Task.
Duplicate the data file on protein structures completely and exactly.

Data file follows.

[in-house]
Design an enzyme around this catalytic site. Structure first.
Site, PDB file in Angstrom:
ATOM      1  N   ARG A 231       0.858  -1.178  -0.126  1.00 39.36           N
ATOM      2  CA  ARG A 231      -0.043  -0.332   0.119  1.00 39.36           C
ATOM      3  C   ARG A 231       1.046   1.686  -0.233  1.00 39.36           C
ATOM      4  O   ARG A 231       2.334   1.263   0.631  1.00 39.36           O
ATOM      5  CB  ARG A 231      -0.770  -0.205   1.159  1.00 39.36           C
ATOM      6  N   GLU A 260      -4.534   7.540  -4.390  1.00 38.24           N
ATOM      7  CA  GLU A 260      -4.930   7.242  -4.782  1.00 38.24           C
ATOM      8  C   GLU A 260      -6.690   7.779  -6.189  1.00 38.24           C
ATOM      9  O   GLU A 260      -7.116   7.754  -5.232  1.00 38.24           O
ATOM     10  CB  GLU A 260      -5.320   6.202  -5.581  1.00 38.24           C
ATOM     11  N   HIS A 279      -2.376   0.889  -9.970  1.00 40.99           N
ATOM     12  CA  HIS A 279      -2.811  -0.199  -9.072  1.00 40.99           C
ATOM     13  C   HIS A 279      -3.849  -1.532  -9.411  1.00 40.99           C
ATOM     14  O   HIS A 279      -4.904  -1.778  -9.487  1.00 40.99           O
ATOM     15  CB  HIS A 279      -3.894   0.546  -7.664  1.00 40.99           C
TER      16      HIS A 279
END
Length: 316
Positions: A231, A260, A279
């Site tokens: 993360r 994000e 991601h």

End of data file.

[in-house]
Design an enzyme around this catalytic site. Structure first.
Site, PDB file in Angstrom:
ATOM      1  N   ARG A 231       0.858  -1.178  -0.126  1.00 39.36           N
ATOM      2  CA  ARG A 231      -0.043  -0.332   0.119  1.00 39.36           C
ATOM      3  C   ARG A 231       1.046   1.686  -0.233  1.00 39.36           C
ATOM      4  O   ARG A 231       2.334   1.263   0.631  1.00 39.36           O
ATOM      5  CB  ARG A 231      -0.770  -0.205   1.159  1.00 39.36           C
ATOM      6  N   GLU A 260      -4.534   7.540  -4.390  1.00 38.24           N
ATOM      7  CA  GLU A 260      -4.930   7.242  -4.782  1.00 38.24           C
ATOM      8  C   GLU A 260      -6.690   7.779  -6.189  1.00 38.24           C
ATOM      9  O   GLU A 260      -7.116   7.754  -5.232  1.00 38.24           O
ATOM     10  CB  GLU A 260      -5.320   6.202  -5.581  1.00 38.24           C
ATOM     11  N   HIS A 279      -2.376   0.889  -9.970  1.00 40.99           N
ATOM     12  CA  HIS A 279      -2.811  -0.199  -9.072  1.00 40.99           C
ATOM     13  C   HIS A 279      -3.849  -1.532  -9.411  1.00 40.99           C
ATOM     14  O   HIS A 279      -4.904  -1.778  -9.487  1.00 40.99           O
ATOM     15  CB  HIS A 279      -3.894   0.546  -7.664  1.00 40.99           C
TER      16      HIS A 279
END
Length: 316
Positions: A231, A260, A279
């Site tokens: 993360r 994000e 991601h």